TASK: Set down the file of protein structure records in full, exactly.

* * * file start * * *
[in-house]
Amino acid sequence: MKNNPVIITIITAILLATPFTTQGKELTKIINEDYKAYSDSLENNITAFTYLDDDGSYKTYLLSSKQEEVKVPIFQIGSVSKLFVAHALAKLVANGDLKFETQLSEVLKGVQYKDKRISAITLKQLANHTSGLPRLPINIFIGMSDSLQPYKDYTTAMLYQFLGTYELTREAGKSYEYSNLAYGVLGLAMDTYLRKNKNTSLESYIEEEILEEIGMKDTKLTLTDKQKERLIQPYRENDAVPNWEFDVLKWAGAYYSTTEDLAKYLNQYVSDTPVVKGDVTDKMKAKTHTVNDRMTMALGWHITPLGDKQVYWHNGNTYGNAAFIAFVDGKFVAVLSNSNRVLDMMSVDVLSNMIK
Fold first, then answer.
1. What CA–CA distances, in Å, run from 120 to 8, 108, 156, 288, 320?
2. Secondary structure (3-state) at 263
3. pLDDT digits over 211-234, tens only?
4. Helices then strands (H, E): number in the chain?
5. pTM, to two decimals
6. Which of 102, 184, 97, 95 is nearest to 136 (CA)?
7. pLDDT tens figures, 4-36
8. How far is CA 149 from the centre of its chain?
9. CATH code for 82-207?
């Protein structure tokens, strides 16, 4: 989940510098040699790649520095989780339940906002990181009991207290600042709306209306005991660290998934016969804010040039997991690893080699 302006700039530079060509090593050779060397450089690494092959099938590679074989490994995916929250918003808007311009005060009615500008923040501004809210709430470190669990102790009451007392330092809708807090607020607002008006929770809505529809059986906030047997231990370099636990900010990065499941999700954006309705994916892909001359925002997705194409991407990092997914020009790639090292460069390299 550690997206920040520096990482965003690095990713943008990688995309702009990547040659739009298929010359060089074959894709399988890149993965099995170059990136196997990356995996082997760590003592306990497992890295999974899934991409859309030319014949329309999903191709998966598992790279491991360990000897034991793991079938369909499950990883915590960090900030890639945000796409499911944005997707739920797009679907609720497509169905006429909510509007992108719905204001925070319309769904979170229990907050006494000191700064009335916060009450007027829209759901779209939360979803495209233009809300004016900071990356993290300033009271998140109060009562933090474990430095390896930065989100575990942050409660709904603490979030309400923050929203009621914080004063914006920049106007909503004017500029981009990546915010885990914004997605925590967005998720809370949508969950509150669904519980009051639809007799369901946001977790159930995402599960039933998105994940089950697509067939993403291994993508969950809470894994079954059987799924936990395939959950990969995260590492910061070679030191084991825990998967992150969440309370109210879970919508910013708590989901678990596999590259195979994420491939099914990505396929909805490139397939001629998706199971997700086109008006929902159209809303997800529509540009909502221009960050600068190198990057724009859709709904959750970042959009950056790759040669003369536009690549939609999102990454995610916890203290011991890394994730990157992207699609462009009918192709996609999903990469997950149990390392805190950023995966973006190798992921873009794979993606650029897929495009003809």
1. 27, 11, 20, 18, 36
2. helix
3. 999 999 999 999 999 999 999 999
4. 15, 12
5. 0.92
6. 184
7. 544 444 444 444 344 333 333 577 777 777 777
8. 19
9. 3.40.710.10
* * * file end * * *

[in-house]
Amino acid sequence: MKNNPVIITIITAILLATPFTTQGKELTKIINEDYKAYSDSLENNITAFTYLDDDGSYKTYLLSSKQEEVKVPIFQIGSVSKLFVAHALAKLVANGDLKFETQLSEVLKGVQYKDKRISAITLKQLANHTSGLPRLPINIFIGMSDSLQPYKDYTTAMLYQFLGTYELTREAGKSYEYSNLAYGVLGLAMDTYLRKNKNTSLESYIEEEILEEIGMKDTKLTLTDKQKERLIQPYRENDAVPNWEFDVLKWAGAYYSTTEDLAKYLNQYVSDTPVVKGDVTDKMKAKTHTVNDRMTMALGWHITPLGDKQVYWHNGNTYGNAAFIAFVDGKFVAVLSNSNRVLDMMSVDVLSNMIK
Fold first, then answer.
1. What CA–CA distances, in Å, run from 120 to 8, 108, 156, 288, 320?
2. Secondary structure (3-state) at 263
3. pLDDT digits over 211-234, tens only?
4. Helices then strands (H, E): number in the chain?
5. pTM, to two decimals
6. Which of 102, 184, 97, 95 is nearest to 136 (CA)?
7. pLDDT tens figures, 4-36
8. How far is CA 149 from the centre of its chain?
9. CATH code for 82-207?
């Protein structure tokens, strides 16, 4: 989940510098040699790649520095989780339940906002990181009991207290600042709306209306005991660290998934016969804010040039997991690893080699 302006700039530079060509090593050779060397450089690494092959099938590679074989490994995916929250918003808007311009005060009615500008923040501004809210709430470190669990102790009451007392330092809708807090607020607002008006929770809505529809059986906030047997231990370099636990900010990065499941999700954006309705994916892909001359925002997705194409991407990092997914020009790639090292460069390299 550690997206920040520096990482965003690095990713943008990688995309702009990547040659739009298929010359060089074959894709399988890149993965099995170059990136196997990356995996082997760590003592306990497992890295999974899934991409859309030319014949329309999903191709998966598992790279491991360990000897034991793991079938369909499950990883915590960090900030890639945000796409499911944005997707739920797009679907609720497509169905006429909510509007992108719905204001925070319309769904979170229990907050006494000191700064009335916060009450007027829209759901779209939360979803495209233009809300004016900071990356993290300033009271998140109060009562933090474990430095390896930065989100575990942050409660709904603490979030309400923050929203009621914080004063914006920049106007909503004017500029981009990546915010885990914004997605925590967005998720809370949508969950509150669904519980009051639809007799369901946001977790159930995402599960039933998105994940089950697509067939993403291994993508969950809470894994079954059987799924936990395939959950990969995260590492910061070679030191084991825990998967992150969440309370109210879970919508910013708590989901678990596999590259195979994420491939099914990505396929909805490139397939001629998706199971997700086109008006929902159209809303997800529509540009909502221009960050600068190198990057724009859709709904959750970042959009950056790759040669003369536009690549939609999102990454995610916890203290011991890394994730990157992207699609462009009918192709996609999903990469997950149990390392805190950023995966973006190798992921873009794979993606650029897929495009003809």
1. 27, 11, 20, 18, 36
2. helix
3. 999 999 999 999 999 999 999 999
4. 15, 12
5. 0.92
6. 184
7. 544 444 444 444 344 333 333 577 777 777 777
8. 19
9. 3.40.710.10